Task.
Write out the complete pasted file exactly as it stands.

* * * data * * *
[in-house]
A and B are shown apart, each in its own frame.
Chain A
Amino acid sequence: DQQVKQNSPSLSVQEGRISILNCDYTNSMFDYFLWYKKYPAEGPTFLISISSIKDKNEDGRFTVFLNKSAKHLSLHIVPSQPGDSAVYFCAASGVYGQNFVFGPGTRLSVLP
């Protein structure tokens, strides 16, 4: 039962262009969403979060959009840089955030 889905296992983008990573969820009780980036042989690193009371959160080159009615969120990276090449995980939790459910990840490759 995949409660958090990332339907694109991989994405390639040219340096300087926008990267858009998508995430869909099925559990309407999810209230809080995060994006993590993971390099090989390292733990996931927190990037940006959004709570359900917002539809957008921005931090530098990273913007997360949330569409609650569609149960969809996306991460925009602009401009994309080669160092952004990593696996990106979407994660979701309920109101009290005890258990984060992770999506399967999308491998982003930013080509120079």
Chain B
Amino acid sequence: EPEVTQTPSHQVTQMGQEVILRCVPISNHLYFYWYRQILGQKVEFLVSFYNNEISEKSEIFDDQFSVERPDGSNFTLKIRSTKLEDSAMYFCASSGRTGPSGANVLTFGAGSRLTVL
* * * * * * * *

[in-house]
A and B are shown apart, each in its own frame.
Chain A
Amino acid sequence: DQQVKQNSPSLSVQEGRISILNCDYTNSMFDYFLWYKKYPAEGPTFLISISSIKDKNEDGRFTVFLNKSAKHLSLHIVPSQPGDSAVYFCAASGVYGQNFVFGPGTRLSVLP
């Protein structure tokens, strides 16, 4: 039962262009969403979060959009840089955030 889905296992983008990573969820009780980036042989690193009371959160080159009615969120990276090449995980939790459910990840490759 995949409660958090990332339907694109991989994405390639040219340096300087926008990267858009998508995430869909099925559990309407999810209230809080995060994006993590993971390099090989390292733990996931927190990037940006959004709570359900917002539809957008921005931090530098990273913007997360949330569409609650569609149960969809996306991460925009602009401009994309080669160092952004990593696996990106979407994660979701309920109101009290005890258990984060992770999506399967999308491998982003930013080509120079």
Chain B
Amino acid sequence: EPEVTQTPSHQVTQMGQEVILRCVPISNHLYFYWYRQILGQKVEFLVSFYNNEISEKSEIFDDQFSVERPDGSNFTLKIRSTKLEDSAMYFCASSGRTGPSGANVLTFGAGSRLTVL